What’s going on in Europe as the refugee crisis hits?

The European Union has been bracing for the arrival of an unprecedented wave of migrants, with many Europeans blaming it on the refugee problem and European governments struggling to cope with the surge.

The EU’s foreign policy chief has called for a global solution to tackle the refugee and migration crisis, saying the world needs to find common solutions to stop the influx.

But there is little appetite in Brussels to help European countries cope.

Some EU leaders, including Germany’s chancellor, have suggested Europe’s borders could be closed in a matter of days if necessary.

But the European Commission says the bloc needs to work with member states to solve the refugee influx in a way that makes sense for all countries.

European countries are now taking in nearly a quarter of all migrants and refugees.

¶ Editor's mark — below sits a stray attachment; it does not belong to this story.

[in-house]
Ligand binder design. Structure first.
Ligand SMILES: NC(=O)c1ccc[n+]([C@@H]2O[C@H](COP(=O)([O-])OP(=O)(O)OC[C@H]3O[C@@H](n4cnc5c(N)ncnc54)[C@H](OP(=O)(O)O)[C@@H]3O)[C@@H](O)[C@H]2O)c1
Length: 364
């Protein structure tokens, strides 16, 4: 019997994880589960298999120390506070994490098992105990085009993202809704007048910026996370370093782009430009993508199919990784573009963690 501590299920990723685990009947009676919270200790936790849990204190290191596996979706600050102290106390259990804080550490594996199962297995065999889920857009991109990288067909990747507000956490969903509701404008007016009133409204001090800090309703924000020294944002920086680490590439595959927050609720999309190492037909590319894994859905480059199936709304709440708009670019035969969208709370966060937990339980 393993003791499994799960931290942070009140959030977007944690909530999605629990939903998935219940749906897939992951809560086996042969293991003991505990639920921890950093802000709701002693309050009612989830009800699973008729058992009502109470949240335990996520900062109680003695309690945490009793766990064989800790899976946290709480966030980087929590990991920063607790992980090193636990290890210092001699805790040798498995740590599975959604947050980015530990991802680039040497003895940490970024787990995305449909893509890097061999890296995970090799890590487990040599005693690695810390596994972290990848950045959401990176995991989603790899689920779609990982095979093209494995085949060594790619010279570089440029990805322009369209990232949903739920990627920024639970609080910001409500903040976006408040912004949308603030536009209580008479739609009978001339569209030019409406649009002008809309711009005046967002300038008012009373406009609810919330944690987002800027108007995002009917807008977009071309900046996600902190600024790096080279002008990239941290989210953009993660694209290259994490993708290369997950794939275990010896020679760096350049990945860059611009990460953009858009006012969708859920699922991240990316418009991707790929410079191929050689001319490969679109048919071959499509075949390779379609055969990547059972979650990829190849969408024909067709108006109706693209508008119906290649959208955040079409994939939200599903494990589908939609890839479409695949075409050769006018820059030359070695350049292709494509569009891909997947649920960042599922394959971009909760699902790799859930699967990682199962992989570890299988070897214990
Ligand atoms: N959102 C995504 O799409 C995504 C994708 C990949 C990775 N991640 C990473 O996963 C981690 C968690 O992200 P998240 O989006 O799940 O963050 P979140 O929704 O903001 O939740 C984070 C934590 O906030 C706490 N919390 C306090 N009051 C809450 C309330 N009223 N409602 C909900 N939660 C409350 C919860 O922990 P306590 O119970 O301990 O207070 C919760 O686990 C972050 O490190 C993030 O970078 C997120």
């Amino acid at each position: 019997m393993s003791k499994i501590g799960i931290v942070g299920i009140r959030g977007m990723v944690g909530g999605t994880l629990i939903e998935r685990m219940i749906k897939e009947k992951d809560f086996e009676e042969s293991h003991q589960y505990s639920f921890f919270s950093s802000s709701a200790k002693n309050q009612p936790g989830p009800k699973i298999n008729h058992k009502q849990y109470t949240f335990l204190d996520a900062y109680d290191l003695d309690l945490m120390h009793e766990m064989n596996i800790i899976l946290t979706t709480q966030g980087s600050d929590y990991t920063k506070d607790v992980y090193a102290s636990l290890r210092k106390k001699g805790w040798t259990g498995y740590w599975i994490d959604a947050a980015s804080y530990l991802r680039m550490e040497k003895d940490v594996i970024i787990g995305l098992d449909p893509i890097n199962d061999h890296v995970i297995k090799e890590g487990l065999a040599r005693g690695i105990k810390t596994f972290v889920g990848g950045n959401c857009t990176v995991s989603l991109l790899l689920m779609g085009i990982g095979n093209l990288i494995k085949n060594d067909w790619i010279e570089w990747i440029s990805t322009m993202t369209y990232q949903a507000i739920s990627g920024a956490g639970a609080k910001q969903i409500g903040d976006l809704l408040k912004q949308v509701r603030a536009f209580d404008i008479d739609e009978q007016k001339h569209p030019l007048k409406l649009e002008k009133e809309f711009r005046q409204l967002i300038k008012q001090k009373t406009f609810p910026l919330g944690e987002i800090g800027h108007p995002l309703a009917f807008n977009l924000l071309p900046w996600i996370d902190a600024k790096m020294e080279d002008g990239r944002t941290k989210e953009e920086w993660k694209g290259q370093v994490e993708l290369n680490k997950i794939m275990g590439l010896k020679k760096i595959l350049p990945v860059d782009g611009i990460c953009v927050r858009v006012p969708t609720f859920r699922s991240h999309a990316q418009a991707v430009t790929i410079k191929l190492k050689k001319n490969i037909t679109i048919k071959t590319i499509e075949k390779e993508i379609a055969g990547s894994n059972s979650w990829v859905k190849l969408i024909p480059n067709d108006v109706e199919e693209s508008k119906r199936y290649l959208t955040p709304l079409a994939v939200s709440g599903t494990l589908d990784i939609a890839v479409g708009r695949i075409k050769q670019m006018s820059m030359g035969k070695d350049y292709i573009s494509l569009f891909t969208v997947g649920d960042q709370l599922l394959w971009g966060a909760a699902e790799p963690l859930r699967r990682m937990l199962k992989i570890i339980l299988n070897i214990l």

It is unclear how many of them are fleeing poverty and violence.

The U.N. refugee agency says that as of Monday, some 10,000 refugees had been resettled in the EU, including many from the Middle East, Central Asia and Africa.

The numbers of migrants in the region are growing exponentially.

Germany has seen an influx of 1.7 million people since the start of the year.

Austria is home to more than 6 million refugees, according to the agency.

Italy is home by far to the most refugees, with nearly 11 million, followed by Hungary, France and Sweden.

The number of asylum applications in Europe this year has increased by more than 400% compared with last year, to more that 5 million, according the agency’s latest report.

The report says Europe has been overwhelmed with migrants, some fleeing wars, while others are fleeing economic hardship.EU leaders are meeting on Tuesday to discuss ways to address the migrant crisis.

In the U.S., President Donald Trump has called on countries to take in as many refugees as possible, and has ordered a moratorium on refugees entering the U!


The president said he would “open our borders to anyone, but especially to the very, very dangerous people,” who pose a threat to public safety and national security.

But European countries have long criticized the U, and they have rejected calls for a pause in immigration, citing security concerns.